Near the popular Indian tourist spots Shri Bhavani Museum and Yamai Devi temple in Aundh, Maharashtra, 63-year-old Gajraj—an elephant who's been held captive for 51 years—is slowly succumbing to his injuries and illnesses after decades of abuse, exploitation, and neglect. His custodian, Ms. Gayatridevi Bhagwantrao Pantpratinidhi, and mahouts (handlers) left him to die alone because he's too sick and old to beg for money. It's extremely cruel to let him suffer in agony and perish in chains.
In 1965, Gajraj was taken from his home in Ujjain, Madhya Pradesh, when he was 12 years old. He was forced to make the 500-mile journey to Maharashtra, which took a month and a half. He's been living under the punishing tutelage of Ms. Gayatridevi ever since.
Gajraj's suffering is appalling: The stench of his feces and urine assaults visitors before they even reach the little patch of concrete where he's kept constantly chained, which has caused painful abscesses on his hindquarters and elbows. He also suffers from broken and overgrown toe nails on all four feet.
He is understandably at his breaking point. He tries to escape the chains that rub his ankles raw and exhibits the classic signs of severe psychological anguish—including bobbing his head and swaying, which healthy elephants in nature don't do. Someone has even hacked off his tusks without the state forest department's permission.
The Maharashtra Forest Department must immediately free Gajraj from this grotesquely inhumane situation and secure his retirement to a reputable elephant-care center, where he can get veterinary treatment and live out the rest of his life free from chains.
Please Free Gajraj Immediately
Dear [Decision maker],
I am troubled to learn that a 63-year-old captive temple elephant named Gajraj is being exploited as a tourist attraction by his custodian, Ms. Gayatridevi Bhagwantrao Pantpratinidh, in Aundh, Maharashtra, while he slowly dies from illness, psychological torment, and injuries .
Gajraj's life has been an ongoing nightmare since the 1960s. After being taken from his home in Madhya Pradesh when he was 12 years old, he was sent 800 kilometers away to beg for money in Aundh village and at the Yamai Devi temple. Being shackled, made to stand on hard concrete, neglected, abused, malnourished, and forced to live with painful chronic abscesses with oozing pus took a heavy toll on him, and Ms. Gayatridevi dumped him at her house compound, where he lives today, just short walk from the Shri Bhavani Museum .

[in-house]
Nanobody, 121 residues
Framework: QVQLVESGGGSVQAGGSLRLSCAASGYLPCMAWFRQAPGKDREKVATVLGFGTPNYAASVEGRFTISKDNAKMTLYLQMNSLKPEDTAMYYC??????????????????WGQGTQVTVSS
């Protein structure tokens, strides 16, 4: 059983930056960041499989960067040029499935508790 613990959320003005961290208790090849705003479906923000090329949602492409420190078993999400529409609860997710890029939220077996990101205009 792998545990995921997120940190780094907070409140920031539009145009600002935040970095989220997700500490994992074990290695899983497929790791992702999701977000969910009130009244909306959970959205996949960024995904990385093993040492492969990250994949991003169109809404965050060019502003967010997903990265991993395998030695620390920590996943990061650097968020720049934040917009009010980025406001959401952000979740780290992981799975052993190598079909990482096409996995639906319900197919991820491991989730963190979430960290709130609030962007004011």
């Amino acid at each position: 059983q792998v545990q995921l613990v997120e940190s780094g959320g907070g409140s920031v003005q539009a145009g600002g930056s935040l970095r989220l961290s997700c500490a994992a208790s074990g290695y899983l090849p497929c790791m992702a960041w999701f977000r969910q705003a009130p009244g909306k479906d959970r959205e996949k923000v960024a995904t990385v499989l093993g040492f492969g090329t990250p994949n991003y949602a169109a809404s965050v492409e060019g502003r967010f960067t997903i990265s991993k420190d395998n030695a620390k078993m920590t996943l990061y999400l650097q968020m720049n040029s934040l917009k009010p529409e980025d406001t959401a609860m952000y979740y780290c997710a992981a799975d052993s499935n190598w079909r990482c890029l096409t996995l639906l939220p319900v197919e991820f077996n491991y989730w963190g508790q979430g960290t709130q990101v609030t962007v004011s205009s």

It's impossible to ignore Gajraj's overt suffering: Someone chopped off his tusks, all of his feet are cracked, he has overgrown toenails, and his body has multiple painful abscesses. The shackles that bind him wound his ankles as he tries to free himself from the constant torment of being isolated, chained, and denied the medical attention that he needs.
He sways back and forth and bobs his head, which are clear signs of severe mental anguish from spending so much time in intense confinement and isolation. After Duncan McNair, CEO of Save the Asian Elephants, saw video footage of Gajraj he said, "To be tethered like this is an hourly torture for [elephants]. ... I can categorically confirm this elephant is in extreme psychological distress ."
Keeping Gajraj in these conditions violates India's Prevention of Cruelty to Animals Act, 1960, and the Indian Wildlife (Protection) Act, 1972 --and is ethically indefensible . He needs to be granted his freedom and moved to a reputable elephant- care center so that he can be unchained, receive much-needed veterinary care, and live out the rest of his days in peace.
I urge you to use your authority to save this tormented elephant from dying alone in chains.
[Your comments here]